p = self.request.GET.get('p')
        q = self.request.GET.get('q')
        options = '?p=' + p + '&row=' + row
        options += '&q=' + q
        messages.success(self.request, self.success_message)
        return reverse_lazy('car_detail') + options

    def test_func(self):
        if self.get_object().user == self.request.user:
            return True
        return False

▣ Adding a repair note is defined in the AddRepairView() class, and the form is defined in the repair_form.html template.

This class has the following arguments: model – specifying the model used – in this case Repair. The next argument: fields – specifies what the form fields are displayed. The last argument is the success_message string displayed after the repair note was successfully added.

The methods in the AddRepairView() class are: get_context_data(), form_valid(), and get_success_url().

The get_context_data() method adds a Car object to the context, making it visible in the template.

The form_valid () method uses the data from the form to create a new model instance. To properly create an instance of the Repair class, it is necessary to provide a foreign key – a Car object that identifies the vehicle to which a given repair note relates.

The get_success_url () method specifies the address of the page to be displayed when a new note is successfully added. In this case, a page named car_detail as defined in cars / urls.py will be displayed.

class AddRepairView(LoginRequiredMixin, CreateView):
    model = Repair
    fields = ['date', 'description']
    success_message = 'New repair has been added'

    def get_context_data(self, **kwargs):
        context = super().get_context_data(**kwargs)
        context['car'] = Car.objects.get(id=self.kwargs['pk'])
        return context

    def form_valid(self, form, **kwargs):
        form.instance.car = Car.objects.get(id=self.kwargs['pk'])
        return super().form_valid(form)

    def get_success_url(self, **kwargs):
        row = self.request.GET.get('row')
        p = self.request.GET.get('p')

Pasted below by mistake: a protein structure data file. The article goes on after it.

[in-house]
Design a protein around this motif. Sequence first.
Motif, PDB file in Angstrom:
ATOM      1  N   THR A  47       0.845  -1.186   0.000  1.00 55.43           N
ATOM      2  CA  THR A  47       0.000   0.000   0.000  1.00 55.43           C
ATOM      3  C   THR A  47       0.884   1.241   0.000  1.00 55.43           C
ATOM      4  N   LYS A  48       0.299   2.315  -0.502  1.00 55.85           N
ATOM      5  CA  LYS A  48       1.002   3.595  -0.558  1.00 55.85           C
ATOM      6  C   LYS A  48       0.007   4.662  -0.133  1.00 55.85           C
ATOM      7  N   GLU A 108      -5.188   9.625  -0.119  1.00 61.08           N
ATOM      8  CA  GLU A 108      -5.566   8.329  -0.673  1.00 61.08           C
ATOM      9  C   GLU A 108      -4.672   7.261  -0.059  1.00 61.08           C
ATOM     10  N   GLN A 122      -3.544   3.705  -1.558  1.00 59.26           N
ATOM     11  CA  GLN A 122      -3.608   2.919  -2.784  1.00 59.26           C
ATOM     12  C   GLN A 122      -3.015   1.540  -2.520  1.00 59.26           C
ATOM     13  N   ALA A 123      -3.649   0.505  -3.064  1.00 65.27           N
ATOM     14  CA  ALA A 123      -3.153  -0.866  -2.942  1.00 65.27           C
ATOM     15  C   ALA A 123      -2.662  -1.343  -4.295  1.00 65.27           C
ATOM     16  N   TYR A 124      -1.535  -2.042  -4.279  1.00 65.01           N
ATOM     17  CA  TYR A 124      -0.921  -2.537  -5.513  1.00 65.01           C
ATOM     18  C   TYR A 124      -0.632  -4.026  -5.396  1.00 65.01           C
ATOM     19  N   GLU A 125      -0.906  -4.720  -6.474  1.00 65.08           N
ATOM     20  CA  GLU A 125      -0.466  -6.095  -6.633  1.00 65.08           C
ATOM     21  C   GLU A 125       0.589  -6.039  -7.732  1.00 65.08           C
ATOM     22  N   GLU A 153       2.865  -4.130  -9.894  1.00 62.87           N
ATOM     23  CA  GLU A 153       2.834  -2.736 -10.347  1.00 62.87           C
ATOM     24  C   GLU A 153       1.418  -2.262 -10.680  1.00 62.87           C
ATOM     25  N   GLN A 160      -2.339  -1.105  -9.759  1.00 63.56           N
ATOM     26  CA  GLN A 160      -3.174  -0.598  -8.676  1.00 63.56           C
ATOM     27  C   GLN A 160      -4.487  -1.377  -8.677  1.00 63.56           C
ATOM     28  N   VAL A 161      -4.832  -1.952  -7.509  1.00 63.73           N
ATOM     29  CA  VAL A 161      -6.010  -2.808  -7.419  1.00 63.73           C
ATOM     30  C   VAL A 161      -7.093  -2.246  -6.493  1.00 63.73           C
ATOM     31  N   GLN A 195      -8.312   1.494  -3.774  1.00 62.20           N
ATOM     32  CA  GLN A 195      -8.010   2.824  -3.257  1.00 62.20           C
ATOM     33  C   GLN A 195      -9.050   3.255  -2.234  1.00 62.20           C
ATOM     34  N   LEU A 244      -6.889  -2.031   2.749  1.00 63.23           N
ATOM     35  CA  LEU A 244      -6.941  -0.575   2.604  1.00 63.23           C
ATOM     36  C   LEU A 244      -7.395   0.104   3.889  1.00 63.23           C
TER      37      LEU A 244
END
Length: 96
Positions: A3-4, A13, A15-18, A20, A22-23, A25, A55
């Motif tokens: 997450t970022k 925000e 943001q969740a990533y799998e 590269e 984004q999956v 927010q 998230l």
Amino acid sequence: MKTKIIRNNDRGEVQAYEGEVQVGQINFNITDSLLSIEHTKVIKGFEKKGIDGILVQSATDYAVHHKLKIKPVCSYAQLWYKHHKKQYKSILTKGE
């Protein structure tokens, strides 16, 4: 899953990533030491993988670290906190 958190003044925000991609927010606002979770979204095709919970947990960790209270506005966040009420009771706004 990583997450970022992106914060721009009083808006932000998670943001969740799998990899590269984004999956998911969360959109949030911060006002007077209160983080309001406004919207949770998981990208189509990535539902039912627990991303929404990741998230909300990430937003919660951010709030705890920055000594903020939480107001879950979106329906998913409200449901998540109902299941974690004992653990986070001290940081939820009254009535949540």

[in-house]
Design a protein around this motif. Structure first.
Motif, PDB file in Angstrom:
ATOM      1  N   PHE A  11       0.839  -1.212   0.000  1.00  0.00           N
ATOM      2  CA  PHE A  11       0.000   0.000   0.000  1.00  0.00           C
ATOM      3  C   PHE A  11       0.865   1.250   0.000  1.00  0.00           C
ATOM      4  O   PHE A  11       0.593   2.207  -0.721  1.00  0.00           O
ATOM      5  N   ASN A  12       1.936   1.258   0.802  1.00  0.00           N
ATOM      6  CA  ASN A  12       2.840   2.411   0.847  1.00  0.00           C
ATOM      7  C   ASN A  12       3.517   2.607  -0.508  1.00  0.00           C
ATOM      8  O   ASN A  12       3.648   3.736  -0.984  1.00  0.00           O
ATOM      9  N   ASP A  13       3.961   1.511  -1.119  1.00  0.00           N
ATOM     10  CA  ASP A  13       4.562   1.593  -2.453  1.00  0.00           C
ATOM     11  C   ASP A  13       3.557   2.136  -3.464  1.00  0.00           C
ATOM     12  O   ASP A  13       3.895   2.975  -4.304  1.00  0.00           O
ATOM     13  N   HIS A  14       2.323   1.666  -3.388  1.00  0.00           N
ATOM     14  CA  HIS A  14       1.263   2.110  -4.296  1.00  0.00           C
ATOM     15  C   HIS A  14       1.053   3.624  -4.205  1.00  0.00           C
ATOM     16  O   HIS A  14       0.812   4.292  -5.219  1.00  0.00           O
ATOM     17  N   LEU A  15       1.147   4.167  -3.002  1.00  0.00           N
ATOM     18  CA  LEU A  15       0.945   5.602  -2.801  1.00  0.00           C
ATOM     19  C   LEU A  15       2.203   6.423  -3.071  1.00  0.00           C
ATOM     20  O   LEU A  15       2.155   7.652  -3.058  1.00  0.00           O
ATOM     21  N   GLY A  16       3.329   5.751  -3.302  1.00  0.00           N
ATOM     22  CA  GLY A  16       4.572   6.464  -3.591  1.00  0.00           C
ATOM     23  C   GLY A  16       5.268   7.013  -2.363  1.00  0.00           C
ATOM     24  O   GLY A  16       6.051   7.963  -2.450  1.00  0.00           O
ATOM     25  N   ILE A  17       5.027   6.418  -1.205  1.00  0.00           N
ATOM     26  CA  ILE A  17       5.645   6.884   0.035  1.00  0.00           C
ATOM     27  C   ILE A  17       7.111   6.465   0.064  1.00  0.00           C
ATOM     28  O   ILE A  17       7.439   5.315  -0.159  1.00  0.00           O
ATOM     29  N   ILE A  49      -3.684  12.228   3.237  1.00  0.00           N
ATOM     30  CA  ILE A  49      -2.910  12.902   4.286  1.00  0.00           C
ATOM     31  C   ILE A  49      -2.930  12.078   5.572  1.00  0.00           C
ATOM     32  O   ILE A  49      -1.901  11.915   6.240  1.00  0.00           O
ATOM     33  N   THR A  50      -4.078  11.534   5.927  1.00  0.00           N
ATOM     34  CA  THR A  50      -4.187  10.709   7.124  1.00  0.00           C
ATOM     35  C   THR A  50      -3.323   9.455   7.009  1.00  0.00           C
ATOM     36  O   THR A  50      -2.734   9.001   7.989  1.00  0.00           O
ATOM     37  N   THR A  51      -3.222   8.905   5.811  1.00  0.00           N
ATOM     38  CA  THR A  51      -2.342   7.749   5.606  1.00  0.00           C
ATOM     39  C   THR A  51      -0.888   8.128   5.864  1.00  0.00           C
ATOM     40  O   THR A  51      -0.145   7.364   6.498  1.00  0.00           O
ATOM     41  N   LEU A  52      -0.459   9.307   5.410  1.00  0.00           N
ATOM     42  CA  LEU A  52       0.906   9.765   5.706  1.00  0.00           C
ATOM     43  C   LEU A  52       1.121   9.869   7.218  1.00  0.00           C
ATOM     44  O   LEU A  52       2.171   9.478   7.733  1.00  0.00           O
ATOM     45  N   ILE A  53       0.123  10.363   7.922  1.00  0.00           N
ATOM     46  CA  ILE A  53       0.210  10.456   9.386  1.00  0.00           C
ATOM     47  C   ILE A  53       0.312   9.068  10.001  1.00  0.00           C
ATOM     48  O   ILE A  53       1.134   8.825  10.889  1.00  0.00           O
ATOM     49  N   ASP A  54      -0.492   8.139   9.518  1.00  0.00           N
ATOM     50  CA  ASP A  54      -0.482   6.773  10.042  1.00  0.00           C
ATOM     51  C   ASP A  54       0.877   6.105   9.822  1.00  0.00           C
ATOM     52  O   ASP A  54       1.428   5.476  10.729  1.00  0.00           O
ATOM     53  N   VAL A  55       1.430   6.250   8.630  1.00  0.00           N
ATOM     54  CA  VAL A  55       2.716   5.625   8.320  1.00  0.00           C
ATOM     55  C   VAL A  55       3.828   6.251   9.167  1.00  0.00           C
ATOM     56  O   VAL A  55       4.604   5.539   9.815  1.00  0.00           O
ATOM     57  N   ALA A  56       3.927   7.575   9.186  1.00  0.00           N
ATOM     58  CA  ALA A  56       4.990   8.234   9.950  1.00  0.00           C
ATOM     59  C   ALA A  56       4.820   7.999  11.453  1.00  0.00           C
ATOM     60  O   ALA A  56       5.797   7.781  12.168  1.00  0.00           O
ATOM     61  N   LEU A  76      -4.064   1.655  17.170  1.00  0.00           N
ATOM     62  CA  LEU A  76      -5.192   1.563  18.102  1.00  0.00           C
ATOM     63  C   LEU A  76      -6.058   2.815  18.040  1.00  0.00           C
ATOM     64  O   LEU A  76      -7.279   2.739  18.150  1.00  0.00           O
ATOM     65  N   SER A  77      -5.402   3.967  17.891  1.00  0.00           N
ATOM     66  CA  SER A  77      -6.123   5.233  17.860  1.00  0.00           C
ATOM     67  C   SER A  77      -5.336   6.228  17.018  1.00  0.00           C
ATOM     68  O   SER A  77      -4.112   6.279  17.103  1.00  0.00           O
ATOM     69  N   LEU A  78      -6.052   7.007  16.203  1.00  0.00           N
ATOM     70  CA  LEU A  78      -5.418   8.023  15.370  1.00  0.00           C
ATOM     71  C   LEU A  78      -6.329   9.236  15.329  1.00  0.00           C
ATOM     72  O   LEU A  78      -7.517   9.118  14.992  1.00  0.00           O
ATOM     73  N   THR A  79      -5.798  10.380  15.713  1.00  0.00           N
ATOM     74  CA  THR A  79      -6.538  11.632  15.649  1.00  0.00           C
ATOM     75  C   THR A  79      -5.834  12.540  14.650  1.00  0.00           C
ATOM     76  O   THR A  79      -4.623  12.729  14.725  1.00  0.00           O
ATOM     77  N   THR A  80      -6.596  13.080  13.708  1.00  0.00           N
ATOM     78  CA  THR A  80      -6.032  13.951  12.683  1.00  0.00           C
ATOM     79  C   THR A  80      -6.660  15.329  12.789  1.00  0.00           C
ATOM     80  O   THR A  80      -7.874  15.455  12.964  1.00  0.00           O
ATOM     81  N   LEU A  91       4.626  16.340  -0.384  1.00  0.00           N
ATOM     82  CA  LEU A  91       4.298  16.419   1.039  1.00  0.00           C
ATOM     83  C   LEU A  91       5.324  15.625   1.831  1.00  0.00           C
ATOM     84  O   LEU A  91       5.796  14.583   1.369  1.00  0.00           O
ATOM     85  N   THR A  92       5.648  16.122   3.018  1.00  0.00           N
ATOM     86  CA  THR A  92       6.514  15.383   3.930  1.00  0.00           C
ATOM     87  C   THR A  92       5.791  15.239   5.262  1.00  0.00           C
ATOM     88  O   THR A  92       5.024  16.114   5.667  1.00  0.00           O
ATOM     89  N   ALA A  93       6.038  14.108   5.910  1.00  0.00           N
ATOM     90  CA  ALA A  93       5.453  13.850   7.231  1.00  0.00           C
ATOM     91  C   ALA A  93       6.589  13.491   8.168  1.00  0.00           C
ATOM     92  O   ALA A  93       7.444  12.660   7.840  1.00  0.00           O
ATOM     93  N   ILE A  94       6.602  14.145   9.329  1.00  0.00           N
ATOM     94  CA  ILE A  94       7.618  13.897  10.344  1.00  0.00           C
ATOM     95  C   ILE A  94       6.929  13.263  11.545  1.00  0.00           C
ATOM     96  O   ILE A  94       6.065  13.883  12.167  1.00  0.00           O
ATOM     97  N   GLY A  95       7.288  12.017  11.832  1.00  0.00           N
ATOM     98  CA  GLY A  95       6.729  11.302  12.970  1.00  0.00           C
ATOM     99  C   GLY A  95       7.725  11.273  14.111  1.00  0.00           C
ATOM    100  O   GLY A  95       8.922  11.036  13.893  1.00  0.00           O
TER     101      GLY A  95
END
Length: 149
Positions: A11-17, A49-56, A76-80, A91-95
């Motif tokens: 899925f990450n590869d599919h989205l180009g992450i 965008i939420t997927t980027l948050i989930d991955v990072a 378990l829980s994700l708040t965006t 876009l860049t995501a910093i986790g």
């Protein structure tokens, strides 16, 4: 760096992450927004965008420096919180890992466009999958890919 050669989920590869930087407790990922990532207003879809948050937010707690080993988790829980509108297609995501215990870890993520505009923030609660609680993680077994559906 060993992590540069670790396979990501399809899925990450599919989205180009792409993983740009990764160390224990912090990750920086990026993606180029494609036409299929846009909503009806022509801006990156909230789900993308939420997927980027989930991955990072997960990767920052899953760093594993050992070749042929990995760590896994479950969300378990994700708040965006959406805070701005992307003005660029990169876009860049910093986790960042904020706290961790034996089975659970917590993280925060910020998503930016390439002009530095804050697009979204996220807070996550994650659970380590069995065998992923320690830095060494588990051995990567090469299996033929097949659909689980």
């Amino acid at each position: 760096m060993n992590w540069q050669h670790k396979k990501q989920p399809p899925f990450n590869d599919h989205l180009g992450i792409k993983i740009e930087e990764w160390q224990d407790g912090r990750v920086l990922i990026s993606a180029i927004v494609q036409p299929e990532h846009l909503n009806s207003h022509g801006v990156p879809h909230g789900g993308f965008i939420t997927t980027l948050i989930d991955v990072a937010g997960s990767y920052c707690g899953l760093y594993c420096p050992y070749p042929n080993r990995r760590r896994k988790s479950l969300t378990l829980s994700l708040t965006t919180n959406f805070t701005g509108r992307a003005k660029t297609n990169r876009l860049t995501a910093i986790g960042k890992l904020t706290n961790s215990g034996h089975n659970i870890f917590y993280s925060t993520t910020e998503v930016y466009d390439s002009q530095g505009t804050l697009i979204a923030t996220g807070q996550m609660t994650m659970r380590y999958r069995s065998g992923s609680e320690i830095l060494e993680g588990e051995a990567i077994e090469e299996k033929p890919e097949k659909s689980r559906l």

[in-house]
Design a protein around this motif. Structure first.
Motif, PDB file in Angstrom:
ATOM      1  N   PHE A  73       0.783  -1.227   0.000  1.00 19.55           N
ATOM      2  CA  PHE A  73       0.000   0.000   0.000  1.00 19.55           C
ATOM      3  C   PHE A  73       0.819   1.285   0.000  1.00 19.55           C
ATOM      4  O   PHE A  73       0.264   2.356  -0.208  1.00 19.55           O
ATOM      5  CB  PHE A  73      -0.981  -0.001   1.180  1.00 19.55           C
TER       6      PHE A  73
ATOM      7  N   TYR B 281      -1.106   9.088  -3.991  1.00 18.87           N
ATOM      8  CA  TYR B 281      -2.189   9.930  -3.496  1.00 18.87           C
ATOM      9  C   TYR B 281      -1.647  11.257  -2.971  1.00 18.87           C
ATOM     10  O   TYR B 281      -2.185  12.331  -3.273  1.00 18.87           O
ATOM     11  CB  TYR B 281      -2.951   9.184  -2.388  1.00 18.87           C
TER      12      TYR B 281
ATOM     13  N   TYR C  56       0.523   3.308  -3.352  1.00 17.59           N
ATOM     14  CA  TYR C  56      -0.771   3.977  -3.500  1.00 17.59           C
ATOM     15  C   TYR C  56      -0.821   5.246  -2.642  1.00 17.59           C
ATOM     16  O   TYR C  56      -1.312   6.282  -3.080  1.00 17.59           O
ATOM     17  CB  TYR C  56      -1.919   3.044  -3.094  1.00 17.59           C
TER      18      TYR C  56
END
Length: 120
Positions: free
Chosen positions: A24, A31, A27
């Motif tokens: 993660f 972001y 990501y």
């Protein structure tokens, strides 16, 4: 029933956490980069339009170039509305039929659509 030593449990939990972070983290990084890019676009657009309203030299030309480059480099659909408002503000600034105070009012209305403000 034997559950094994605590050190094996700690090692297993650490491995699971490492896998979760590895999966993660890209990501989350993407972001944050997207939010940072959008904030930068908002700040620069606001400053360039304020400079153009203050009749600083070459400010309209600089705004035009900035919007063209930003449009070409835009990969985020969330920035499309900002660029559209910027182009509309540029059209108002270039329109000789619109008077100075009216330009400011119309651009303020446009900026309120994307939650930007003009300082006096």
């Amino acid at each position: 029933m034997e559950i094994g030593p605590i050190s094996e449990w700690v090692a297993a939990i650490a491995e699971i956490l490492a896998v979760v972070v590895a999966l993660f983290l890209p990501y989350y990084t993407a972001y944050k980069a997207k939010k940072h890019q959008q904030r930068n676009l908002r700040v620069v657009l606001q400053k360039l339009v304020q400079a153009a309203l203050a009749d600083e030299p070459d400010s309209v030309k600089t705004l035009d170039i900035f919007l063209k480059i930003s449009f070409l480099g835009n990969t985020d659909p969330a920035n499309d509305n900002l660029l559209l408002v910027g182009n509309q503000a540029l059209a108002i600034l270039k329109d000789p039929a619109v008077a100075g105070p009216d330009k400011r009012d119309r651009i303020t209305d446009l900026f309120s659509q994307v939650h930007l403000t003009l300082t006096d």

q = self.request.GET.get('q')
        options = '?p=' + p + '&row=' + row
        options += '&q=' + q
        return reverse_lazy('car_detail') + options

to be continued

Django #3

You can see the application deployed on heroku here.
You can get a source code here.

In previous posts, I described user management in the application, i.e. a new user can register – create an account on the site, a registered user can log in, log out or change the password.

Then I’ll describe the main functionality of the app – car and repair records.

For this purpose, in the project urls.py file, I will attach the mapping of addresses related to cars application.

After the changes, the project urls.py file will look like this:

from django.contrib import admin
from django.urls import path, include
from users import views as users_views
from django.contrib.auth import views as auth_views

urlpatterns = [
    path('admin/', admin.site.urls),
    path('', include('cars.urls')),
    path('register-user/', users_views.RegisterUser.as_view(
        template_name='users/register-user.html'), name='register_user'),
    path('login/', auth_views.LoginView.as_view(template_name='users/login.html'), name='login'),
    path('logout/', auth_views.LogoutView.as_view(template_name='users/logout.html'), name='logout'),
    path('change-password/', users_views.ChangePassword.as_view(
        template_name='users/change-password.html'), name='change_password'),
]